Newly generated sequences of ITS were combined with the data from Muellner et al. (2008b) and an improved and reduced version of the data matrix used in Grudinski et al. (2014), which included representatives of all sections of Aglaia and outgroups. The best-fit model of nucleotide substitution, as determined using the Akaike information criterion (AIC) in jModelTest 2.1.10 (Darriba et al. 2012), was GTR+G for ITS and rps15-ycf1, and GTR+G+I for ETS. Phylogenetic analyses for each individual marker and combined datasets (both nuclear markers, all markers) were performed using MrBayes v3.2.7 (Huelsenbeck and Ronquist 2001, Ronquist and Huelsenbeck 2003) with four runs (six Markov chains each) for 20–25 million generations (depending on the marker), sampling every 10,000 steps. In the combined analyses, datasets were partitioned according to the genetic markers with model parameters being unlinked across the partitions. Efficient chain mixing and convergence of the runs to the same posterior distribution, as well as the adequacy of sampling (using the Effective Sample Size [ESS] diagnostic) were evaluated by examining the log files in Tracer v1.7 (Rambaut et al. 2018). For each analysis, a majority-rule consensus tree was constructed after excluding the first 20% of samples as burn-in.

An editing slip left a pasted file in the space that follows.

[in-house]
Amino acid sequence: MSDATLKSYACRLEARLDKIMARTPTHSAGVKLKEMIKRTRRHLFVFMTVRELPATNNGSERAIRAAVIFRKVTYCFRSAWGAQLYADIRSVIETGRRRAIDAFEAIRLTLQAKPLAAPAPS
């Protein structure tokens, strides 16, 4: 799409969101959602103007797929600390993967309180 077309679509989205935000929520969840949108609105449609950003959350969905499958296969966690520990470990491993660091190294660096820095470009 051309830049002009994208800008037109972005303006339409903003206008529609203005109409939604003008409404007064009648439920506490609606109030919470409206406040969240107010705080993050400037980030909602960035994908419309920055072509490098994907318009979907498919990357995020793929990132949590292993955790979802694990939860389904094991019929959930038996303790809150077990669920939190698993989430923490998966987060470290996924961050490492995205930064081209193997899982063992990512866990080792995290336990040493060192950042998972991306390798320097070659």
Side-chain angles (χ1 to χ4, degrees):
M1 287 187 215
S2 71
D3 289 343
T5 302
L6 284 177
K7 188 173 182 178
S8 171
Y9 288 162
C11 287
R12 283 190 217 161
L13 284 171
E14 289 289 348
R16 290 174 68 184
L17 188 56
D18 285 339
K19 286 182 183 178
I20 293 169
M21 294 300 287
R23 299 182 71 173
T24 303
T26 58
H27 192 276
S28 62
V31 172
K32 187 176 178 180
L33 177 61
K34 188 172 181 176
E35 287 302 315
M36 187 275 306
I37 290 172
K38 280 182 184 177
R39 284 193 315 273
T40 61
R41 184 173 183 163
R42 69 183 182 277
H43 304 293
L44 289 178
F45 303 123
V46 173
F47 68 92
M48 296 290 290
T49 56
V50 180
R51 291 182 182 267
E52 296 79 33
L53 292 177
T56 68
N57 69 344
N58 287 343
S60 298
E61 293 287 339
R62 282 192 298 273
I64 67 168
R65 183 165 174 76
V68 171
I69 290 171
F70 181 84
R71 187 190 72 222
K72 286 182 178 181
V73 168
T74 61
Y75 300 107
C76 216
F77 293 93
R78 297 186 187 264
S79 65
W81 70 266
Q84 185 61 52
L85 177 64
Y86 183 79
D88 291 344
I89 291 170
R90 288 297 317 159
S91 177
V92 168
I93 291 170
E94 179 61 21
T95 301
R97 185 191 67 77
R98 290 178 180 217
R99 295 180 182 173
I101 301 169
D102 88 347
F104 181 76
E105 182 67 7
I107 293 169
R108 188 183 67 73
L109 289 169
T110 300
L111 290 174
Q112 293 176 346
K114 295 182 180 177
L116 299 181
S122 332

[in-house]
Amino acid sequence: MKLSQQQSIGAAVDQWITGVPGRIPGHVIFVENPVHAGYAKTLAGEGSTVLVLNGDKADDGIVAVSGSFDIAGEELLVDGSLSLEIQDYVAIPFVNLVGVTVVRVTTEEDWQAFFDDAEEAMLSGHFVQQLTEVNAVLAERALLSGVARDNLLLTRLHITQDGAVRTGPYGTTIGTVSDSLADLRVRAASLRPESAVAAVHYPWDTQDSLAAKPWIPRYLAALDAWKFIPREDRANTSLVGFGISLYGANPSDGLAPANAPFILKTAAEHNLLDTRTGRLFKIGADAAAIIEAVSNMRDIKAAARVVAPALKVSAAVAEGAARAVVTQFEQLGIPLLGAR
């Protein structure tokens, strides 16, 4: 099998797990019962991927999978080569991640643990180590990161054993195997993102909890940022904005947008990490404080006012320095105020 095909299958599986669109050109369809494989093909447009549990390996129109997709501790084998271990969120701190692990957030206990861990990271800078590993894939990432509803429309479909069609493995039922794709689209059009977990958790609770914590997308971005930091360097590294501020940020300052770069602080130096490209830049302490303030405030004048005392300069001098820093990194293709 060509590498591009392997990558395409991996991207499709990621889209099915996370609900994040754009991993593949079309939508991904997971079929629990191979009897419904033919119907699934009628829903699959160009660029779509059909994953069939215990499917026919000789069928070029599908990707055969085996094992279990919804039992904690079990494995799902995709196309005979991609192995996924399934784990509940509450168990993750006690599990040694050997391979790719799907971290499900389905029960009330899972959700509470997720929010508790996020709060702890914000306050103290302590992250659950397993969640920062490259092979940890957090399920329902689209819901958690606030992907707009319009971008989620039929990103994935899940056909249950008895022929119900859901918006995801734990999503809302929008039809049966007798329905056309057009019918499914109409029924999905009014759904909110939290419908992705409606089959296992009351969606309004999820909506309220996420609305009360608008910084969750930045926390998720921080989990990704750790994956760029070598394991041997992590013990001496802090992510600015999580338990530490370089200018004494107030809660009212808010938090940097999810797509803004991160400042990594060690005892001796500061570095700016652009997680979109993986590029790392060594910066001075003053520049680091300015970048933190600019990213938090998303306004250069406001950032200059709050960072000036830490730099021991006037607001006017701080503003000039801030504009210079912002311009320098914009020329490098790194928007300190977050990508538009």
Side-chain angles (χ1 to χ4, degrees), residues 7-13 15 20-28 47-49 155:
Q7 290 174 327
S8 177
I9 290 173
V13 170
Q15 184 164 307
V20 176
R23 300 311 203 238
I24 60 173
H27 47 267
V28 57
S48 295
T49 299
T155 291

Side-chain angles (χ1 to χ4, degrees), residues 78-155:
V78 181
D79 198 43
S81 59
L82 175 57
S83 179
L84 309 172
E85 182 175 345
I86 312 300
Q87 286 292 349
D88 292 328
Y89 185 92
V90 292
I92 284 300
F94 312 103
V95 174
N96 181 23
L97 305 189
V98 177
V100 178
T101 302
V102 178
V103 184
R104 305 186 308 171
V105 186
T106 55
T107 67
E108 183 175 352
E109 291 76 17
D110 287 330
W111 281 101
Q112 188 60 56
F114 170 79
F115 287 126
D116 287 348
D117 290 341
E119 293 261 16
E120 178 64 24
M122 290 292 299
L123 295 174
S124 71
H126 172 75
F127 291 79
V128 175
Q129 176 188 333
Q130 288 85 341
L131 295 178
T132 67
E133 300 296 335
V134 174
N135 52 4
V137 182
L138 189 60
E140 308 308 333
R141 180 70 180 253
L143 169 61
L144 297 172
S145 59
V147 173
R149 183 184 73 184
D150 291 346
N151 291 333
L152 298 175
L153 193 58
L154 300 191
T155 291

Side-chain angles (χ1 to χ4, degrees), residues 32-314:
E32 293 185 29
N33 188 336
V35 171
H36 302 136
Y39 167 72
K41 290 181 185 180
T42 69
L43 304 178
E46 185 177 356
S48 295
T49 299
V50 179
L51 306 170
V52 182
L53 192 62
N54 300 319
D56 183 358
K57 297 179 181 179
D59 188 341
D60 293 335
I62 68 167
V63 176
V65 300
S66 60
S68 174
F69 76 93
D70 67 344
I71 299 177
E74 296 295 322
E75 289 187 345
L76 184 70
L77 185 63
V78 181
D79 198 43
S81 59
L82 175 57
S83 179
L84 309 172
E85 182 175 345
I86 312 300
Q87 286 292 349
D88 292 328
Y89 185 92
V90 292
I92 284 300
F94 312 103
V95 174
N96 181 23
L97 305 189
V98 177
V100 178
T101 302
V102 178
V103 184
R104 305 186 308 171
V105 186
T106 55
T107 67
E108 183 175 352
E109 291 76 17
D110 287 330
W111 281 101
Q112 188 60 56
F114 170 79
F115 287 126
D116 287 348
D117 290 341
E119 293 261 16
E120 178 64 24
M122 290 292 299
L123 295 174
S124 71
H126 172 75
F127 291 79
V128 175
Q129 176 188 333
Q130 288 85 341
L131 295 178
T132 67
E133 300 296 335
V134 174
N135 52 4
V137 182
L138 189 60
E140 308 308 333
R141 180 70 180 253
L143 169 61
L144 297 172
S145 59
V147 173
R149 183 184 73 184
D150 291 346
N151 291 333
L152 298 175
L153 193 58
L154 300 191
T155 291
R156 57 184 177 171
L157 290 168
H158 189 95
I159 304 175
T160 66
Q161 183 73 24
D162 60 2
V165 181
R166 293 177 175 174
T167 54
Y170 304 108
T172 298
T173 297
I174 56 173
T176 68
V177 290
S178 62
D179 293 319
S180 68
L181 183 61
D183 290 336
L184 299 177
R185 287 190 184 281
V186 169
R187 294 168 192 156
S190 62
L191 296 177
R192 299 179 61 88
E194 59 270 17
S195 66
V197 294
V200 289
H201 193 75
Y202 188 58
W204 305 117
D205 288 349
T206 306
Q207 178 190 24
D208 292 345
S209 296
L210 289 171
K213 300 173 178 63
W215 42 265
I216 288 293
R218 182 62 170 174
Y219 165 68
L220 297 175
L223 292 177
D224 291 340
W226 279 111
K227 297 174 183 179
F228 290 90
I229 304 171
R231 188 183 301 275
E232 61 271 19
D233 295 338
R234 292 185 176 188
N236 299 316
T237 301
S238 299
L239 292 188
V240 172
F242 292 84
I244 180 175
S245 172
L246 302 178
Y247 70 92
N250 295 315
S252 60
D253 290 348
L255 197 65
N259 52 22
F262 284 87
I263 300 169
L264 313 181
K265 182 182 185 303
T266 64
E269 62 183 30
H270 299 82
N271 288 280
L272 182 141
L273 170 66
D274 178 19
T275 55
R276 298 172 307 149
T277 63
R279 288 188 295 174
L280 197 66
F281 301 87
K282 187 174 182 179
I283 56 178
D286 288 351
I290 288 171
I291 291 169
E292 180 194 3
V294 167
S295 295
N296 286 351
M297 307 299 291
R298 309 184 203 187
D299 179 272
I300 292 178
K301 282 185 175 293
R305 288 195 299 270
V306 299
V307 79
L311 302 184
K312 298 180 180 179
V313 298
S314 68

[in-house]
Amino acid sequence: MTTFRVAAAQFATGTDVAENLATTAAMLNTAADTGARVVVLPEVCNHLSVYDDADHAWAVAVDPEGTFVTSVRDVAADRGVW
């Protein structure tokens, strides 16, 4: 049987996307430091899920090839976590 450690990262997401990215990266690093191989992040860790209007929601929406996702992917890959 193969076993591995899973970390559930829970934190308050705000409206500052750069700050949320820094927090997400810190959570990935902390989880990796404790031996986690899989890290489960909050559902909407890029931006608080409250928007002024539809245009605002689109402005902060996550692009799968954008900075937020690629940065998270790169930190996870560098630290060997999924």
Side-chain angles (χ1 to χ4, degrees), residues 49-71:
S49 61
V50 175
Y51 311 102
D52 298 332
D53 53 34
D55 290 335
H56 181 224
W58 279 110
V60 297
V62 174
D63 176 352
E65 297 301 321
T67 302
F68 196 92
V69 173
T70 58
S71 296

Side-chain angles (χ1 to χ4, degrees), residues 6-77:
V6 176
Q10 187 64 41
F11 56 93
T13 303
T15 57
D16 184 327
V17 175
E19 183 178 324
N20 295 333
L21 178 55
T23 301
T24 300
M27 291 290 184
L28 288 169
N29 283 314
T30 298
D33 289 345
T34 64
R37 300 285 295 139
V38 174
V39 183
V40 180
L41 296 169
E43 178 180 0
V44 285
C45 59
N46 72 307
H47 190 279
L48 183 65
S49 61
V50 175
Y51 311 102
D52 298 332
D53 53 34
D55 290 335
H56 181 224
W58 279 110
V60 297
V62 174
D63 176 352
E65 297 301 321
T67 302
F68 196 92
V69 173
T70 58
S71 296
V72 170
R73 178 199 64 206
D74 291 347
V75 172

Results and discussion


Section Amoora

Aglaia monocaula Pannell, sp. nov.

Fig. 1


Aglaia monocaula resembles Aglaia flavida, from which it differs through being a smaller, unbranched tree with reticulation subprominent and no indumentum on the lamina of the lower surface of the leaflets. It is unique in the genus in having a dark blackish-brown, slightly swollen, region at the base of the petiolules.

Figure 1.